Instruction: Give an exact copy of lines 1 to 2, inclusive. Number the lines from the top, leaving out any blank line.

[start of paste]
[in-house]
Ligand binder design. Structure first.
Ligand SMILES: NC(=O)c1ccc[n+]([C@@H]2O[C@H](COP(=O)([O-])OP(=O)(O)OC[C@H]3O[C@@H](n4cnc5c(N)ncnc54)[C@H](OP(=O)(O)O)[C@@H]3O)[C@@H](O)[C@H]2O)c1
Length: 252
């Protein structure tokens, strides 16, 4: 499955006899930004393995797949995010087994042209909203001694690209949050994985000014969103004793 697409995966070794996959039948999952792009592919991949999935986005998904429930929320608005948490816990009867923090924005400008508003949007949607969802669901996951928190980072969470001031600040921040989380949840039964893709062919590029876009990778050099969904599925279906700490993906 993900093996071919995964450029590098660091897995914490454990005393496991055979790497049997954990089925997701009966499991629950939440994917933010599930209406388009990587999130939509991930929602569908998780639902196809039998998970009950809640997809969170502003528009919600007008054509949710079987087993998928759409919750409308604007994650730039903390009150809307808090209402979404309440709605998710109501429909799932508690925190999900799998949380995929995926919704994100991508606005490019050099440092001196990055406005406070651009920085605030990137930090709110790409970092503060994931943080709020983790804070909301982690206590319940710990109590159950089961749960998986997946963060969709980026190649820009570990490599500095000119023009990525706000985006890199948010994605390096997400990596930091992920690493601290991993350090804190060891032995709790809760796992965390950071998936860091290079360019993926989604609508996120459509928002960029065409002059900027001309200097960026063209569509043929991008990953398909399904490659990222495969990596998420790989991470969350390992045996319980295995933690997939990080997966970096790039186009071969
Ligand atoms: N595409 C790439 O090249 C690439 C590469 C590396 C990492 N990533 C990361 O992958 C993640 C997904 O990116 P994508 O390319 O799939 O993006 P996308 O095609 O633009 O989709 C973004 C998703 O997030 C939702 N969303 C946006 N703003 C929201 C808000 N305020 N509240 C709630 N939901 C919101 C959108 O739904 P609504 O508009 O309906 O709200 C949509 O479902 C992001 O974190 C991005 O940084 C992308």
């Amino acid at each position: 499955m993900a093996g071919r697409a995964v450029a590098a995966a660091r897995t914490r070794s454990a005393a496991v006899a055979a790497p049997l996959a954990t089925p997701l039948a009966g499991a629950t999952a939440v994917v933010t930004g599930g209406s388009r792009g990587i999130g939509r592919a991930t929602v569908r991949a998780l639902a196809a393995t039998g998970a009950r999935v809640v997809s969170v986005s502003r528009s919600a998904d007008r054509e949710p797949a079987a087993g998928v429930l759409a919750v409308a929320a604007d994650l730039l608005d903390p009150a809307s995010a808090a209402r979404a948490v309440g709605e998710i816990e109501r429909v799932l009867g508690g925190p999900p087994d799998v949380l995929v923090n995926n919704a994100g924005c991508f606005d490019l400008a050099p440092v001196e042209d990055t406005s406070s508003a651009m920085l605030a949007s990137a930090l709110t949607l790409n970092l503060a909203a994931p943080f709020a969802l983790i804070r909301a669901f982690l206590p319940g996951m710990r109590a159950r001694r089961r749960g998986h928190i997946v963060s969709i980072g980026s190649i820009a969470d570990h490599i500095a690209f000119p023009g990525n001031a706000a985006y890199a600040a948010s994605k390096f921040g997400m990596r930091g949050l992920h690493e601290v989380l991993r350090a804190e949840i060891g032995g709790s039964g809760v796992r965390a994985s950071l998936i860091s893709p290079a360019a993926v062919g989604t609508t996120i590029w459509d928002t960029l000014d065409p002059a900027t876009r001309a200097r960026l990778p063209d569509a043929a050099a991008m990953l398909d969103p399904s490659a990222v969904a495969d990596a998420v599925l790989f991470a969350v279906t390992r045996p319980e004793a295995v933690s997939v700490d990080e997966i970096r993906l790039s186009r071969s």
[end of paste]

[in-house]
Ligand binder design. Structure first.